Paul Gillies said, "And then they were fighting and then there was gunplay and they were finding guns and chasing people."

Between the two of them, Gillies and Marks have nearly 30 years experience patrolling north Minneapolis. Gillies estimates more than 60 percent of the calls they respond to are to familiar addresses. He said they are often called back to rental properties whose managers have not properly screened their tenants.

Jason Blumenthal, co-owner of the Fulcrum Group, a Minneapolis property management company that handles the quadplex on Girard Ave. N., said even with strict background checks on tenants, frequent site visits and cooperation with law enforcement, it has been difficult to keep problem visitors away from that property. He said the company has evicted three of the building's four tenants.

Blumenthal said his company was hired when the building's owner discovered it was too tough to manage himself. Fulcrum handles about 30 buildings in the Twin Cities area.

"He's a really good guy," Blumenthal said. "He's not from the city. He came in and he wants to help make the city a better place and rent to people who normally wouldn't get places, but unfortunately, he's seen what happens with that sometimes.

But not all problematic residences are rental properties or commercial businesses. Gillies and Marks have made frequent visits to a block of Russell Ave. N. where a homeowner parks junk cars on trailers in front of his neighbors' homes.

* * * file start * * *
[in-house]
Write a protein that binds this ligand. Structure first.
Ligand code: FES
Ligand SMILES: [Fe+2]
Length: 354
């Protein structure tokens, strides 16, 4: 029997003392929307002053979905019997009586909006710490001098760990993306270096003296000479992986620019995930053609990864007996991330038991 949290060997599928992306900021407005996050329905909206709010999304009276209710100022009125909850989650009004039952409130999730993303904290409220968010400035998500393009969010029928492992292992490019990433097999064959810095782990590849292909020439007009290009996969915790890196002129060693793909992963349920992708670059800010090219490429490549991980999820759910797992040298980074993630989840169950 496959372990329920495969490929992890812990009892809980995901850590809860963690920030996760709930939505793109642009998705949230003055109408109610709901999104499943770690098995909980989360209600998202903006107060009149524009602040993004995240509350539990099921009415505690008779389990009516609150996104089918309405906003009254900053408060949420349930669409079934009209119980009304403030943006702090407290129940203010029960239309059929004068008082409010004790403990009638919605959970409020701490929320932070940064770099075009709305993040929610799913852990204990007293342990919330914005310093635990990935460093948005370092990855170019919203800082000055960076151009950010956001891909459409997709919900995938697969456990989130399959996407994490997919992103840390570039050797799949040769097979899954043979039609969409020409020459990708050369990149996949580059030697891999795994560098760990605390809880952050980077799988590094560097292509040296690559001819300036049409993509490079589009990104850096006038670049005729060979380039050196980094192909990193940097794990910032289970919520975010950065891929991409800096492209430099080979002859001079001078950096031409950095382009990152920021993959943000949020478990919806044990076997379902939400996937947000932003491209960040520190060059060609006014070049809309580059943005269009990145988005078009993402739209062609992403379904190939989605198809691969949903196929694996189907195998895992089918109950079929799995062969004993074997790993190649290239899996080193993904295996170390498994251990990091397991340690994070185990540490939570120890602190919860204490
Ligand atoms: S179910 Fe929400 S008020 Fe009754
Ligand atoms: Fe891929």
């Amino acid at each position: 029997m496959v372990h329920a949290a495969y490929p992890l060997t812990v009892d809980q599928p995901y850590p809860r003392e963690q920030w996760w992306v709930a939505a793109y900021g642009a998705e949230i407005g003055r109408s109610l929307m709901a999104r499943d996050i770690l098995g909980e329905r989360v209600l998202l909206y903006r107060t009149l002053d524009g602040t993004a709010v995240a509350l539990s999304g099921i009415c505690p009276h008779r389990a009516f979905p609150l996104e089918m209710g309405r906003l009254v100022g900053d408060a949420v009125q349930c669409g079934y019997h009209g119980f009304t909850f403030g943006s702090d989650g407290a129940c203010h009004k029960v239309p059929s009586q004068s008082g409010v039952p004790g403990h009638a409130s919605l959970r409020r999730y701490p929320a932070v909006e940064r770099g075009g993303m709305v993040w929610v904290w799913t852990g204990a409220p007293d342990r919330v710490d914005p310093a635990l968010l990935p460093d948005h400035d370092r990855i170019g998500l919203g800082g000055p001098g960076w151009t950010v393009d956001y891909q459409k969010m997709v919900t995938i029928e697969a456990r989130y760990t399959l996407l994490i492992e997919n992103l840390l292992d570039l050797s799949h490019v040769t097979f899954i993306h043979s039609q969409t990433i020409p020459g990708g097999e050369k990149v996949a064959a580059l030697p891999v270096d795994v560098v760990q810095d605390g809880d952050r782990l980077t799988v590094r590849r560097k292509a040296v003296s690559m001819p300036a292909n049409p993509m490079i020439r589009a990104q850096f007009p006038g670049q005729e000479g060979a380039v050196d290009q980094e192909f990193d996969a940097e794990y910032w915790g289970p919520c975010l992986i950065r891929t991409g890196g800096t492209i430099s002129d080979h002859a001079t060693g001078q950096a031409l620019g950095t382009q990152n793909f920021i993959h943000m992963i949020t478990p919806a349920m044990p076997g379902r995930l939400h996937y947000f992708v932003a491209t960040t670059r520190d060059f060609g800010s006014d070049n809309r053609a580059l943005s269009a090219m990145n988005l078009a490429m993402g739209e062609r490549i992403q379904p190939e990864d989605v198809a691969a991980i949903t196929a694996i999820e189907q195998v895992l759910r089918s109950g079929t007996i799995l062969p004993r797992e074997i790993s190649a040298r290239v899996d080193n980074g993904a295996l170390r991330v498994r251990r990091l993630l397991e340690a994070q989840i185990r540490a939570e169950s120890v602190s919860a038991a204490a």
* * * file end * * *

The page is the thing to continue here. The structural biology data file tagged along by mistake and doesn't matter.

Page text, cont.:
Officer Lisa Marks
Officer Lisa Marks responds to a call on Russell Ave. N., in Minneapolis to assist city workers in to cleaning off paint marks on the street. The officers say the marks were made by a man who constantly parks junk cars on the street.
MPR photo/Brandt Williams

"This truck, this jeep, this trailer are all his," Marks said. "We get calls because people get tired of having his vehicles sitting on the street."

"Now this jeep must be new because he's never had that," Gillies said. "He always keeps his trailers hooked up to something."

Marks said she once arrested the vehicle owner after he took a swing at a tow truck driver who tried to haul away one of the cars.

Gillies stops the patrol car in an alley near the man's house and strikes up a conversation with one of the neighbors. The woman tells the officers that not only does the man park in front of her house, but he has yelled at her and stomped on the flowers in her garden.

"I don't know what else you guys can do for us, because I'm developing anxiety," she said.

Marks and Gillies are also part of the department's Crisis Intervention Team, which means they are trained to intervene with people who are mentally ill. Gillies, who has spoken before with the owner of the numerous vehicles, said he believes the man is mentally ill but isn't being treated for it.

There are problem properties all over the city, not just in north Minneapolis. But so far this year, violent crime on the north side is up nearly 15 percent over last year. The commander of the 4th precinct said the resources spent on problematic addresses could be better used to fight violent crime.